This inadequacy reaffirms my explanation that no political party is keen to contest Elections 2018, on the main issues identified as ‘Backdrop of US Policies in Region’, ‘Economic Development’ and ‘Water’. This reluctance to address major issues can be explained by inherent incompetence and refrain from contentious issues lest these cut into the popularity and vote banks of political parties. This leaves very few to rebut the anti-state onslaught of the international shadow; military establishment by consequence becomes a fall guy. The patriotic media and opinion makers who do so are branded as lackeys of the establishment.
No political party is ever known to produce objective research papers on broad spectrum national security mainly because this is the domain of intellectualism and not power hungry politicians. Parties are least known for discussing national issues in internal discourses. The eagerness is always about how to win. PPP was an exception in days of Zulfiqar Ali Bhutto and Benazir. As of now, Asif Ali Zardari will watch the whole show with inaction, identify gaps and keep his relevance. He holds the aces.
While one part of spectrum doomed to fail in elections promotes such narratives to cover incompetency and lack of public appeal, the other by lip service wishes to use it as an afterburner to zenith. Neither is equipped nor proved its competence to take the bull by the horns.
With five days to go, this onslaught will become more vitriolic and caustic. With political incompetence writ large, the onerous task of restoring stability will fall once again on the shoulders of Judiciary and some parts of executive. Politics will eagerly reap the fruits it was ever so reluctant to sow.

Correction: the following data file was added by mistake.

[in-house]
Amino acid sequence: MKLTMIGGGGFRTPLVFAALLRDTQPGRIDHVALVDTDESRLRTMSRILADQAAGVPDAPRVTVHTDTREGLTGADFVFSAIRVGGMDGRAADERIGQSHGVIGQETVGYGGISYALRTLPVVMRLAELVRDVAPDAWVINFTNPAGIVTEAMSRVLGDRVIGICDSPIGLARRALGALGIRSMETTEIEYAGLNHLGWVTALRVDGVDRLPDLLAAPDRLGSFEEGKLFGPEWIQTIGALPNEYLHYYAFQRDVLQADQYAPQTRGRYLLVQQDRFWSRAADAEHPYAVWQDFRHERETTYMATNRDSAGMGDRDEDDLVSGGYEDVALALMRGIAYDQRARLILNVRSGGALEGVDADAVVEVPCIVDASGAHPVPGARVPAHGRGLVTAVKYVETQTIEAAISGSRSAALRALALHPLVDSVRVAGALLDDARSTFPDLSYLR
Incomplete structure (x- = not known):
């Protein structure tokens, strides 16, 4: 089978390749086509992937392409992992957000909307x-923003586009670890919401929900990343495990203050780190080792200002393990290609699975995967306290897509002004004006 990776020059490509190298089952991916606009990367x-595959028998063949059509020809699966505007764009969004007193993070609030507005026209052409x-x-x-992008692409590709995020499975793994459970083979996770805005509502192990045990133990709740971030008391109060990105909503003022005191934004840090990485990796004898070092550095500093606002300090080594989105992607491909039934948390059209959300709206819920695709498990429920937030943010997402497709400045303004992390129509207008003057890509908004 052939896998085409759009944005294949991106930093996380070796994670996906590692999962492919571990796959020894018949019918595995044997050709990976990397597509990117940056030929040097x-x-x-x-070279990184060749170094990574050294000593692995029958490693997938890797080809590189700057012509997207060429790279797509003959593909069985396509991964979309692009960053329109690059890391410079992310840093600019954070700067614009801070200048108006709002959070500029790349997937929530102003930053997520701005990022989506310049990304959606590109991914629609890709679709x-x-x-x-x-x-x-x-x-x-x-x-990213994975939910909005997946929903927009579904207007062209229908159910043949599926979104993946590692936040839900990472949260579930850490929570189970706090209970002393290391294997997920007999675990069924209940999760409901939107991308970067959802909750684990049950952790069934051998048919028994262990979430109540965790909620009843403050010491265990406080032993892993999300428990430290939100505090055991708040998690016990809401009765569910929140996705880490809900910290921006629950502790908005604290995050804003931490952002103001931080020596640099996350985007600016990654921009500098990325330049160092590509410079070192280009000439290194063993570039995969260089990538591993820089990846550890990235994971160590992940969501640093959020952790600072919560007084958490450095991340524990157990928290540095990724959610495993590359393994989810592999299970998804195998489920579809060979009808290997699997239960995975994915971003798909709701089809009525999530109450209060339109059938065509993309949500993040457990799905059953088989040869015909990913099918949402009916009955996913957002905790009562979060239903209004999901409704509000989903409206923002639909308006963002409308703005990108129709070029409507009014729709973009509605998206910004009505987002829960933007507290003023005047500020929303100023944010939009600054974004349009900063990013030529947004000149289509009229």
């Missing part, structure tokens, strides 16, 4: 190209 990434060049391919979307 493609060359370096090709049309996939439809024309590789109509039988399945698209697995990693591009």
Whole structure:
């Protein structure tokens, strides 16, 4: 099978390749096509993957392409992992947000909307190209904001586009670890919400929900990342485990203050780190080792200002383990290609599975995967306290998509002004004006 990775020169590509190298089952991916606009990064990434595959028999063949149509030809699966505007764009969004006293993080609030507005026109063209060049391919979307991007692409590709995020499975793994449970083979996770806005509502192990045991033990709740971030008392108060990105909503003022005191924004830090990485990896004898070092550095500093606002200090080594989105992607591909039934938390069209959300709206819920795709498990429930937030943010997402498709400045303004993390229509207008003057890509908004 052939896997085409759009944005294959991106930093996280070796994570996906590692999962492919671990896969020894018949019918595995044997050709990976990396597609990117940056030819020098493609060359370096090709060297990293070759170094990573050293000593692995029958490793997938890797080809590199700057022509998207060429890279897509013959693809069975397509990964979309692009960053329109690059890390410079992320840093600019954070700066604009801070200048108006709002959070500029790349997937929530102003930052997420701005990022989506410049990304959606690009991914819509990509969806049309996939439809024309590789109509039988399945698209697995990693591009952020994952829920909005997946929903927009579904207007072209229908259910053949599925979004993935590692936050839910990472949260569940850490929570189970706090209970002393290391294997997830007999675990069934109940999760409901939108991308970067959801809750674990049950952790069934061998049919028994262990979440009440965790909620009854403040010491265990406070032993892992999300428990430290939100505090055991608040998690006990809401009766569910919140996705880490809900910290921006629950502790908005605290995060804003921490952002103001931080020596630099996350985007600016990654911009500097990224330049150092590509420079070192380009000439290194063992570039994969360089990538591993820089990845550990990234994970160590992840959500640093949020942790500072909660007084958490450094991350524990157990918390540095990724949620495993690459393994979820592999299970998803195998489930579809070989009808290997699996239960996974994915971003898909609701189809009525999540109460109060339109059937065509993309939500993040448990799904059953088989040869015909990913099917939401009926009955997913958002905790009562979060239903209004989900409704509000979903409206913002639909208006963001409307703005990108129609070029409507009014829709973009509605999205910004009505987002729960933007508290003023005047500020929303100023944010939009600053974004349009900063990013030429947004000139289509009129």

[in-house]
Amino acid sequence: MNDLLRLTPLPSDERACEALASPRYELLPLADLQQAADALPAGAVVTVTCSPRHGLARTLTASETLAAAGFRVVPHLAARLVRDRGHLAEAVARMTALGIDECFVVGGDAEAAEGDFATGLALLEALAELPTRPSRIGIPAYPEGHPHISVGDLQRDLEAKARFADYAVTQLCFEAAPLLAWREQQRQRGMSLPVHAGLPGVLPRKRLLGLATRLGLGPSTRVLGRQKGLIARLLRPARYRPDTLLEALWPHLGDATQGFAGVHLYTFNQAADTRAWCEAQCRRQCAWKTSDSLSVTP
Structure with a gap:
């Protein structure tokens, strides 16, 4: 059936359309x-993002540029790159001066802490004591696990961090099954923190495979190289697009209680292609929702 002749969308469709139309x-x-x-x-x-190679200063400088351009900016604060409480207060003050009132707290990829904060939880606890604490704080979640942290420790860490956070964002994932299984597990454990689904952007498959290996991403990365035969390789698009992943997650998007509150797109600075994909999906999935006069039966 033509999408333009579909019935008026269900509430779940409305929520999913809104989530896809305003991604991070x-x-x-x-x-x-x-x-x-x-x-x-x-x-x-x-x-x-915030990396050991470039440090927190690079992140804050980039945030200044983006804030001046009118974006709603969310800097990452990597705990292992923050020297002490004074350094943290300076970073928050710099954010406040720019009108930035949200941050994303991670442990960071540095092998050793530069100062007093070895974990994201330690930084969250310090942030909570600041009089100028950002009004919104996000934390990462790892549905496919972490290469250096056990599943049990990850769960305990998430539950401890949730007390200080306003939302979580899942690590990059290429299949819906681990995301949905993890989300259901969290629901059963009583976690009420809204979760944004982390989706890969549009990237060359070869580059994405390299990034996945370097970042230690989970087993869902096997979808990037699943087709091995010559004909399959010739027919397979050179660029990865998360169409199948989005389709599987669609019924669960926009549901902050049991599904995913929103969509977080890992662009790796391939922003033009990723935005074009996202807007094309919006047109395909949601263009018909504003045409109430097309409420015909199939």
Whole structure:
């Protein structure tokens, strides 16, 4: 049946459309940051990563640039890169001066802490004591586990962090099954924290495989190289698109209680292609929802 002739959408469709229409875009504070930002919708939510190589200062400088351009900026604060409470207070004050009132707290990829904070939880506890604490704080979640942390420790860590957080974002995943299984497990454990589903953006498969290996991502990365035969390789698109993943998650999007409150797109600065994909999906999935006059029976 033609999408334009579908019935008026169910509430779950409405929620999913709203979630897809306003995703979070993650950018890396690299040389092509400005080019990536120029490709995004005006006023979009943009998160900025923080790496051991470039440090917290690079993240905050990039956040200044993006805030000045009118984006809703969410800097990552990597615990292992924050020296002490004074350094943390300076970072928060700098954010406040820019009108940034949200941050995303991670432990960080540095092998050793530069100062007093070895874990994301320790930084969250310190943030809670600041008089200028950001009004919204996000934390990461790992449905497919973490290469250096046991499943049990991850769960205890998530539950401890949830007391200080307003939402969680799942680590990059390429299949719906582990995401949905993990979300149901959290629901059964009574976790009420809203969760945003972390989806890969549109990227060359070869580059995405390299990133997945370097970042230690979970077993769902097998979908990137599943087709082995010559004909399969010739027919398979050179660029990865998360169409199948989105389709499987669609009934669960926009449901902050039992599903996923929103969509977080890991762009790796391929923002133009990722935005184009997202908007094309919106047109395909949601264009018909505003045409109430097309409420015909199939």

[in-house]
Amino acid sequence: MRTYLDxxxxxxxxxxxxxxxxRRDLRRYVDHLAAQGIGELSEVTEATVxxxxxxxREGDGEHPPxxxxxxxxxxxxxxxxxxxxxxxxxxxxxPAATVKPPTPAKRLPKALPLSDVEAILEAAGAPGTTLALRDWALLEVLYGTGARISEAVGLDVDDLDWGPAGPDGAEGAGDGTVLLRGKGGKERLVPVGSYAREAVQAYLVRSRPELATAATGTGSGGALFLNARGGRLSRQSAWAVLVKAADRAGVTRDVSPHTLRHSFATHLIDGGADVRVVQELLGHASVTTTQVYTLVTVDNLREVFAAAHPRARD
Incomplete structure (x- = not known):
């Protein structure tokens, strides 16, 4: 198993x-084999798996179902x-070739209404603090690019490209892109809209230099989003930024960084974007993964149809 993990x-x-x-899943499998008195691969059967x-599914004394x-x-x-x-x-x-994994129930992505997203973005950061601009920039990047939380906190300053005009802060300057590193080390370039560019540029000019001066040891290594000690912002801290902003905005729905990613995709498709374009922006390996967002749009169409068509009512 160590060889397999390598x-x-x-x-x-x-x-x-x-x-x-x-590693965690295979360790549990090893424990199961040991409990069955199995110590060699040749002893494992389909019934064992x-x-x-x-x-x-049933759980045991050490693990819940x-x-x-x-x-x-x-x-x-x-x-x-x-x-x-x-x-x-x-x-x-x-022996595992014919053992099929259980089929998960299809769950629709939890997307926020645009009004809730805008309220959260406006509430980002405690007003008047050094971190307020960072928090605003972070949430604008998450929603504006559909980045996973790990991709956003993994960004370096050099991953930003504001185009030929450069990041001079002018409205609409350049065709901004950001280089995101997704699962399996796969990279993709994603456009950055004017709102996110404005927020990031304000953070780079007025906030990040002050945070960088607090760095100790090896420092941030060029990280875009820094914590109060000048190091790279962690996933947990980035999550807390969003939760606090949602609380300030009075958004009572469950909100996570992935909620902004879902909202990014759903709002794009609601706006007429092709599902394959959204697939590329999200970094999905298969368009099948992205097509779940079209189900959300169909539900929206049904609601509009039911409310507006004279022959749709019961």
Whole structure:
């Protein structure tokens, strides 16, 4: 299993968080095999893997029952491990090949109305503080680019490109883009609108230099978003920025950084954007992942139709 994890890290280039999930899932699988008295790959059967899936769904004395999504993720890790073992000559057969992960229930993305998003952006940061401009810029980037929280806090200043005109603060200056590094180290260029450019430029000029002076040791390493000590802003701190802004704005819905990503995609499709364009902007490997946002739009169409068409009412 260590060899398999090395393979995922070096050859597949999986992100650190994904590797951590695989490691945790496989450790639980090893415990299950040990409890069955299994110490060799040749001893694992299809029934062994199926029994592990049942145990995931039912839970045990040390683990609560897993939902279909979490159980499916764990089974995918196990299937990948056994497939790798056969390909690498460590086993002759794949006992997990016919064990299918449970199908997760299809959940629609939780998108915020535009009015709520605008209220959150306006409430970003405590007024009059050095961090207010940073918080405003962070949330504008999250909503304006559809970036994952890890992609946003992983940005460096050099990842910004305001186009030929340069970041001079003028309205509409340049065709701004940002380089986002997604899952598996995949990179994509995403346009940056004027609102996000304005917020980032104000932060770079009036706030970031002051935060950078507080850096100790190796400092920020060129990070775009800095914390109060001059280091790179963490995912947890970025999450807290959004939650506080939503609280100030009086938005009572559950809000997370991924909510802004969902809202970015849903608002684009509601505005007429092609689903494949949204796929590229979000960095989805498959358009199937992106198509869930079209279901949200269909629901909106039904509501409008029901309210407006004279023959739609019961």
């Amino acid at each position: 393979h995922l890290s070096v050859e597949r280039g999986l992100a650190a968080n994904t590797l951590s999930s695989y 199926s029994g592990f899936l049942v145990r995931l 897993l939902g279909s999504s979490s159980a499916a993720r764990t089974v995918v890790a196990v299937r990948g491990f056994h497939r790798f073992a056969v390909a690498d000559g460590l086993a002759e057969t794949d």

But there indeed exists an ugly dimension not subscribed by the western media.
The election campaign has reached the nadir of a Royal Rumble to win by hook or crook. The electoral campaign hinges on unprincipled politics and injustice. Most parties are hell bent playing to the gallery; where they think it matters. There is no space for egalitarianism, ideologies and interests of the masses. Towards the fag end, the campaign has taken an ugly dimension of name calling, derogatory language and cruelty. The spate of suicide bombings has made electioneering vulnerable.
The military is not part of this development. Do and you are doomed. Do not do and you are still doomed.
The corrupt elites threatened out of power and endeared by international establishment will call foul at every imaginable provocation. The heavy presence of over three hundred ( ADD thousand) serving and retired military men will become an issue and reason for Hussain Haroon and his ilk to yell foul. The wheel will keep spinning long time after the elections are concluded, results announced and a new prime minister called to prove his majority.The problems that Pakistan faces cannot be resolved by isolationist politics. Even if the ‘prime minister to be’ secures a majority in Parliament, the crucial legislations will not be possible. It will be worse if it is a hung house? Permutations and combinations will throw up more choices. If the indecision drama or obstinacy goes on, elections could be recalled. Senate will always stand in the way. What compromises will the largest party be willing to make in politics and vitriol for the greater cause of Pakistan?
The man with a ‘crown of thorns’ on road to Calvary will have to make tough choices. Like Jesus Christ before Pontius Pilate, his closest ilk will be Peters first to disown him. The cuckoos will keep ticking away. That’s when leadership outside the party will be put to test.
The writer is a political economist and a television anchorperson.